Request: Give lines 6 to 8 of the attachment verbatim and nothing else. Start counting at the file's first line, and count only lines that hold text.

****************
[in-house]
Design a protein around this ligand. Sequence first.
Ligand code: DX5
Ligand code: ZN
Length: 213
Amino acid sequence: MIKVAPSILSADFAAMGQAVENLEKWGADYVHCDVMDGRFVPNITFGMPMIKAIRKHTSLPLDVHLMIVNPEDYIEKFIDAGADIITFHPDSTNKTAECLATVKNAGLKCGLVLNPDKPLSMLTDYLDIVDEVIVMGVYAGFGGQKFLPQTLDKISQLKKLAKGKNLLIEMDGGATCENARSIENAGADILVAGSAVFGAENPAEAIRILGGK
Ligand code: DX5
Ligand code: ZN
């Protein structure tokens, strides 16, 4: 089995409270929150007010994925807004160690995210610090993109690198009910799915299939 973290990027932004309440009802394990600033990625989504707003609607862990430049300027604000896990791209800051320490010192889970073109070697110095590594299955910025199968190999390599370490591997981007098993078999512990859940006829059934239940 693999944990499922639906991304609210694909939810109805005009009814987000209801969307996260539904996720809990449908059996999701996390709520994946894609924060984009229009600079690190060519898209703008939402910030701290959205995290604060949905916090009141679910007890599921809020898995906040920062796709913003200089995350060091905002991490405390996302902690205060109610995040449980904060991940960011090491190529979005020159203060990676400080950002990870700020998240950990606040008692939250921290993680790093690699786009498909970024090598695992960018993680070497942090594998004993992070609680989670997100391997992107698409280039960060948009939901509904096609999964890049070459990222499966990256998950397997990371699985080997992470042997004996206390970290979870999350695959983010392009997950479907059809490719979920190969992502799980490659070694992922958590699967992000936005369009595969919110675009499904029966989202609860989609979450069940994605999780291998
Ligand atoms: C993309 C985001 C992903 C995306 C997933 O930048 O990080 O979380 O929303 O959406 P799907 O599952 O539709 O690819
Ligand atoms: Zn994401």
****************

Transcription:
Amino acid sequence: MIKVAPSILSADFAAMGQAVENLEKWGADYVHCDVMDGRFVPNITFGMPMIKAIRKHTSLPLDVHLMIVNPEDYIEKFIDAGADIITFHPDSTNKTAECLATVKNAGLKCGLVLNPDKPLSMLTDYLDIVDEVIVMGVYAGFGGQKFLPQTLDKISQLKKLAKGKNLLIEMDGGATCENARSIENAGADILVAGSAVFGAENPAEAIRILGGK
Ligand code: DX5
Ligand code: ZN